Place:Providence, Providence, Rhode Island, United States

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NameProvidence
TypeInhabited place
Coordinates41.817°N 71.4°W
Located inProvidence, Rhode Island, United States     (1500 - )
source: Getty Thesaurus of Geographic Names
source: Family History Library Catalog


the text in this section is copied from an article in Wikipedia

Providence is the capital and most populous city of the U.S. state of Rhode Island and is one of the oldest cities in the United States. It was founded in 1636 by Roger Williams, a Reformed Baptist theologian and religious exile from the Massachusetts Bay Colony. He named the area in honor of "God's merciful Providence" which he believed was responsible for revealing such a haven for him and his followers. The city is situated at the mouth of the Providence River at the head of Narragansett Bay.

Providence was one of the first cities in the country to industrialize and became noted for its textile manufacturing and subsequent machine tool, jewelry, and silverware industries. Today, the city of Providence is home to eight hospitals and seven institutions of higher learning which have shifted the city's economy into service industries, though it still retains some manufacturing activity. The city was once nicknamed the "Beehive of Industry"; it began rebranding itself as the "Creative Capital" in 2009 to emphasize its educational resources and arts community.

The city is the third most populous city in New England after Boston and Worcester, Massachusetts.

History

the text in this section is copied from an article in Wikipedia

Providence was settled in June 1636 by Roger Williams and was one of the original Thirteen Colonies. Williams and his company were compelled to leave Massachusetts Bay Colony, and Providence quickly became a refuge for persecuted religious dissenters, as Williams himself had been exiled from Massachusetts.

The city was burned to the ground in March 1676 by the Narragansetts during King Philip's War, despite the good relations between Williams and the sachems with whom the United Colonies of New England were waging war. Later in the year, the Rhode Island legislature formally rebuked the other colonies for provoking the war.

Providence residents were among the first Patriots to spill blood in the lead-up to the American Revolutionary War during the Gaspée Affair of 1772,[1] and Rhode Island was the first of the Thirteen Colonies to renounce its allegiance to the British Crown on May 4, 1776. It was also the last of the Thirteen Colonies to ratify the United States Constitution on May 29, 1790, once assurances were made that a Bill of Rights would become part of the Constitution.


Following the war, Providence was the country's ninth-largest city[1] with 7,614 people. The economy shifted from maritime endeavors to manufacturing, in particular machinery, tools, silverware, jewelry, and textiles. By the start of the 20th century, Providence hosted some of the largest manufacturing plants in the country, including Brown & Sharpe, Nicholson File, and Gorham Manufacturing Company.


Providence residents ratified a city charter in 1831 as the population passed 17,000.[1] The seat of city government was located in the Market House in Market Square from 1832 to 1878, which was the geographic and social center of the city. The city offices outgrew this building, and the City Council resolved to create a permanent municipal building in 1845.[2] The city offices moved into the Providence City Hall in 1878.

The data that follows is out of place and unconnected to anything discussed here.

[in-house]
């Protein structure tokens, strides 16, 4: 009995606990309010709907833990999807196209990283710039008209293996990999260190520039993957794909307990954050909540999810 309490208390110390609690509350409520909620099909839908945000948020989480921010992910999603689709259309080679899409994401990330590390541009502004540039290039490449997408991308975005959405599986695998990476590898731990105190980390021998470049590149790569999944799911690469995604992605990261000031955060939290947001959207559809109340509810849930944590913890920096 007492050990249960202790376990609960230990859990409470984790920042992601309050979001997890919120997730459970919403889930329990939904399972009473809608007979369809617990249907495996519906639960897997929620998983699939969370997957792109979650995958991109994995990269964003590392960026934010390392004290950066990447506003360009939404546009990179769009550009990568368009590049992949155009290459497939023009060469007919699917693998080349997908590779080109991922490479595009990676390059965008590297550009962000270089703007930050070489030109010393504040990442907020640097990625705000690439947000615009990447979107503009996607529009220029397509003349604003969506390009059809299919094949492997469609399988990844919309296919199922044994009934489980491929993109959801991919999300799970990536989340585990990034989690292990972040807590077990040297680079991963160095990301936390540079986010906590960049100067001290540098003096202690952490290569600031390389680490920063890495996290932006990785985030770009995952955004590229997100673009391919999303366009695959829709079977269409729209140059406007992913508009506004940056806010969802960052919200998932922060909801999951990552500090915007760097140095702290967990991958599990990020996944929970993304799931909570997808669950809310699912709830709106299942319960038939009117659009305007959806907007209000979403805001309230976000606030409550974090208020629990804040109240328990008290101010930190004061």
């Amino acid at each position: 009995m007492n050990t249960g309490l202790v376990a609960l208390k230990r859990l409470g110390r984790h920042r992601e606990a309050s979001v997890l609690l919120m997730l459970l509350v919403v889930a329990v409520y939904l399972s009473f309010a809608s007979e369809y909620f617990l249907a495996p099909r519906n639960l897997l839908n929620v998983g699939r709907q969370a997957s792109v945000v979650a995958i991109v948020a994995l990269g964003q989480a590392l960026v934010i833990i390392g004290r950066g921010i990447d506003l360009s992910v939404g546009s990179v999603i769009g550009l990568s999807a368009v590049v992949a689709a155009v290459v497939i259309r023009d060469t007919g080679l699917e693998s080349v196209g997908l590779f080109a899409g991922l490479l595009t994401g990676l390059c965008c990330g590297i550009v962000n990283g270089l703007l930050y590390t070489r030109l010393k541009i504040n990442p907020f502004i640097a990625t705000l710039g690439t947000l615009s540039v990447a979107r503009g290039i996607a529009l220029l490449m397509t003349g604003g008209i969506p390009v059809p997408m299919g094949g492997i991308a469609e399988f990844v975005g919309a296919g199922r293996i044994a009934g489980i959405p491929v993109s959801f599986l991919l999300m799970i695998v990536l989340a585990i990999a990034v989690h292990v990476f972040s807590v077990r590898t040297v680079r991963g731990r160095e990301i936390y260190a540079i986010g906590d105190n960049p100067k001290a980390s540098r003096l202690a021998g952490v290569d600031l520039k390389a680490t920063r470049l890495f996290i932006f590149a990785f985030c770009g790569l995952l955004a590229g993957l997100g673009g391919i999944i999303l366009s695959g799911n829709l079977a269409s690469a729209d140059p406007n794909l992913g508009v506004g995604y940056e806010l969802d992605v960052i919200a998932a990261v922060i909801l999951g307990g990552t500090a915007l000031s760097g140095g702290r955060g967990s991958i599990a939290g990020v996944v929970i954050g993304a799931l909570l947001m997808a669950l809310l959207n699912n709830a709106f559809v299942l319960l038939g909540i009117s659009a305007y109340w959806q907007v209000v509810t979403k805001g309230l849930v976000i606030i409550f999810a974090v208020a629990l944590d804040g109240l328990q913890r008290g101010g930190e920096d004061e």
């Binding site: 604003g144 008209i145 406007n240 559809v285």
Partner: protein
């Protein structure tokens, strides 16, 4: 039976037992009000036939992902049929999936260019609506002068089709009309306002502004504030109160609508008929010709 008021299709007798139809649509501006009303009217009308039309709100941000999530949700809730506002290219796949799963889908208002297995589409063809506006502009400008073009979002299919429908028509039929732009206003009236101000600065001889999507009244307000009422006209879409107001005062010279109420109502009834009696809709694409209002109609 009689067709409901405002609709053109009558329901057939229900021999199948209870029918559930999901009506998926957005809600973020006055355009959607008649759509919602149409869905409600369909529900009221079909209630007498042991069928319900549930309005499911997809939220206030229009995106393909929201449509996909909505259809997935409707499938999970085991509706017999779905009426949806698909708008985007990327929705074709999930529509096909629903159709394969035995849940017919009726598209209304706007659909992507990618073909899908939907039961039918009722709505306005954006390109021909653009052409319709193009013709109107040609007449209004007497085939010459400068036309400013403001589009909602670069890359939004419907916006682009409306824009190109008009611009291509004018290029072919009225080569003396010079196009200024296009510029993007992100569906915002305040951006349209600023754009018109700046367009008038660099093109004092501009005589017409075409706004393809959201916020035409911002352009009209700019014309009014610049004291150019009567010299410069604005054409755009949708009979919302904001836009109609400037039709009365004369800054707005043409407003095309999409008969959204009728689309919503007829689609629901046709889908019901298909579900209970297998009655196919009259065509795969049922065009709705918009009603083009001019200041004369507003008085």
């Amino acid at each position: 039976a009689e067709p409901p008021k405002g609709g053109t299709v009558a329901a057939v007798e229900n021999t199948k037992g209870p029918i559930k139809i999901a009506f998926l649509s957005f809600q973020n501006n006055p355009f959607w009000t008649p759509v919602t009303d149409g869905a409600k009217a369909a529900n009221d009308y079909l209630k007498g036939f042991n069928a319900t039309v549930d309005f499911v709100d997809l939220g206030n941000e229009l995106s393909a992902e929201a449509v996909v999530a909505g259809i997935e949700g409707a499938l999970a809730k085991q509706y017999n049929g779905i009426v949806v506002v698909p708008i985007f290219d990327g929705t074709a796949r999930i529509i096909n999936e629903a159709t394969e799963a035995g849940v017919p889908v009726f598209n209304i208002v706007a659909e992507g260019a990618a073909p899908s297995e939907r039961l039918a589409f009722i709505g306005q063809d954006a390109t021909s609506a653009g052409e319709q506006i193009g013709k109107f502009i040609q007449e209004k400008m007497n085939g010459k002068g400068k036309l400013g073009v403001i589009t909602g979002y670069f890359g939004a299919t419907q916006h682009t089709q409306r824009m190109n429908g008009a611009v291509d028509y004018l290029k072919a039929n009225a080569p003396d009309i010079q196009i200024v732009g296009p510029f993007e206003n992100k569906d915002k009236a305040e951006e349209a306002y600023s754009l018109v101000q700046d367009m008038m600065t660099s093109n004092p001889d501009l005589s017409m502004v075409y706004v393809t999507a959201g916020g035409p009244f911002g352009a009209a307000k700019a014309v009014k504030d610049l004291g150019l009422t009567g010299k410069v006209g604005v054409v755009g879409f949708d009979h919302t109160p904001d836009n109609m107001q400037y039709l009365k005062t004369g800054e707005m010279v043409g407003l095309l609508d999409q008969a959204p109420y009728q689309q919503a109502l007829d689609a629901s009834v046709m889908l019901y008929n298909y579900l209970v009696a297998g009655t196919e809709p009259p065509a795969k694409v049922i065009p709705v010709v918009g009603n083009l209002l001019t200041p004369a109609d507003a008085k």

During the American Civil War, local politics split over slavery as many had ties to Southern cotton and the slave trade. Despite ambivalence concerning the war, the number of military volunteers routinely exceeded quota, and the city's manufacturing proved invaluable to the Union. Providence thrived after the war, and waves of immigrants brought the population from 54,595 in 1865 to 175,597 by 1900.[1]

By the early 1900s, Providence was one of the wealthiest cities in the United States.[3] Immigrant labor powered one of the nation's largest industrial manufacturing centers. Providence was a major manufacturer of industrial products, from steam engines to precision tools to silverware, screws, and textiles. Giant companies were based in or near Providence, such as Brown & Sharpe, the Corliss Steam Engine Company, Babcock & Wilcox, the Grinnell Corporation, the Gorham Manufacturing Company, Nicholson File, and the Fruit of the Loom textile company.[3]


From 1975 until 1982, $606 million of local and national community development funds were invested throughout the city. In the 1990s, the city pushed for revitalization, realigning the north-south railroad tracks, removing the huge rail viaduct that separated downtown from the capitol building, uncovering and moving the rivers (which had been covered by paved bridges) to create Waterplace Park and river walks along the rivers' banks, and constructing the Fleet Skating Rink (now the Alex and Ani City Center) and the Providence Place Mall.[1]

Despite new investment, poverty remains an entrenched problem, as it does in many cities. Approximately 27.9 percent of the city population is living below the poverty line. Recent increases in real estate values further exacerbate problems for those at marginal income levels, as Providence had the highest rise in median housing price of any city in the United States from 2004 to 2005.

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